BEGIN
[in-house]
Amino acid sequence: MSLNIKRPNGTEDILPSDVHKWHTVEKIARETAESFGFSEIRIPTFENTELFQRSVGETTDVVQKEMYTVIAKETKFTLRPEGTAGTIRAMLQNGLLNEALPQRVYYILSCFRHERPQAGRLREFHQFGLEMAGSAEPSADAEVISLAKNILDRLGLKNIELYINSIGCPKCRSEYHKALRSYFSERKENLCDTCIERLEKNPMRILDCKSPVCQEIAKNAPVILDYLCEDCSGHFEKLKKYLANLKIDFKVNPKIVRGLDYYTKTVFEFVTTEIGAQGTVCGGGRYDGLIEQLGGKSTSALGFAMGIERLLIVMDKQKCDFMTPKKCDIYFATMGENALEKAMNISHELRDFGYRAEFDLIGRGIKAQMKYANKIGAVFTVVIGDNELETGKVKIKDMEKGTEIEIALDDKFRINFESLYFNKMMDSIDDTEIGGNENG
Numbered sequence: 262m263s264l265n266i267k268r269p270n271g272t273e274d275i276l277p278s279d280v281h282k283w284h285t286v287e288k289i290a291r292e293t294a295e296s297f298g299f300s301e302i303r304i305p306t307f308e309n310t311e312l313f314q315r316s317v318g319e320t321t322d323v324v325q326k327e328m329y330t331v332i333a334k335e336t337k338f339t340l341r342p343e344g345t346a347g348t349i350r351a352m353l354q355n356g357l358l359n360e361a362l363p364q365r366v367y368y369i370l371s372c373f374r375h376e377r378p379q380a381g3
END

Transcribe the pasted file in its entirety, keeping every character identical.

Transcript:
[in-house]
Amino acid sequence: MSLNIKRPNGTEDILPSDVHKWHTVEKIARETAESFGFSEIRIPTFENTELFQRSVGETTDVVQKEMYTVIAKETKFTLRPEGTAGTIRAMLQNGLLNEALPQRVYYILSCFRHERPQAGRLREFHQFGLEMAGSAEPSADAEVISLAKNILDRLGLKNIELYINSIGCPKCRSEYHKALRSYFSERKENLCDTCIERLEKNPMRILDCKSPVCQEIAKNAPVILDYLCEDCSGHFEKLKKYLANLKIDFKVNPKIVRGLDYYTKTVFEFVTTEIGAQGTVCGGGRYDGLIEQLGGKSTSALGFAMGIERLLIVMDKQKCDFMTPKKCDIYFATMGENALEKAMNISHELRDFGYRAEFDLIGRGIKAQMKYANKIGAVFTVVIGDNELETGKVKIKDMEKGTEIEIALDDKFRINFESLYFNKMMDSIDDTEIGGNENG
Numbered sequence: 262m263s264l265n266i267k268r269p270n271g272t273e274d275i276l277p278s279d280v281h282k283w284h285t286v287e288k289i290a291r292e293t294a295e296s297f298g299f300s301e302i303r304i305p306t307f308e309n310t311e312l313f314q315r316s317v318g319e320t321t322d323v324v325q326k327e328m329y330t331v332i333a334k335e336t337k338f339t340l341r342p343e344g345t346a347g348t349i350r351a352m353l354q355n356g357l358l359n360e361a362l363p364q365r366v367y368y369i370l371s372c373f374r375h376e377r378p379q380a381g3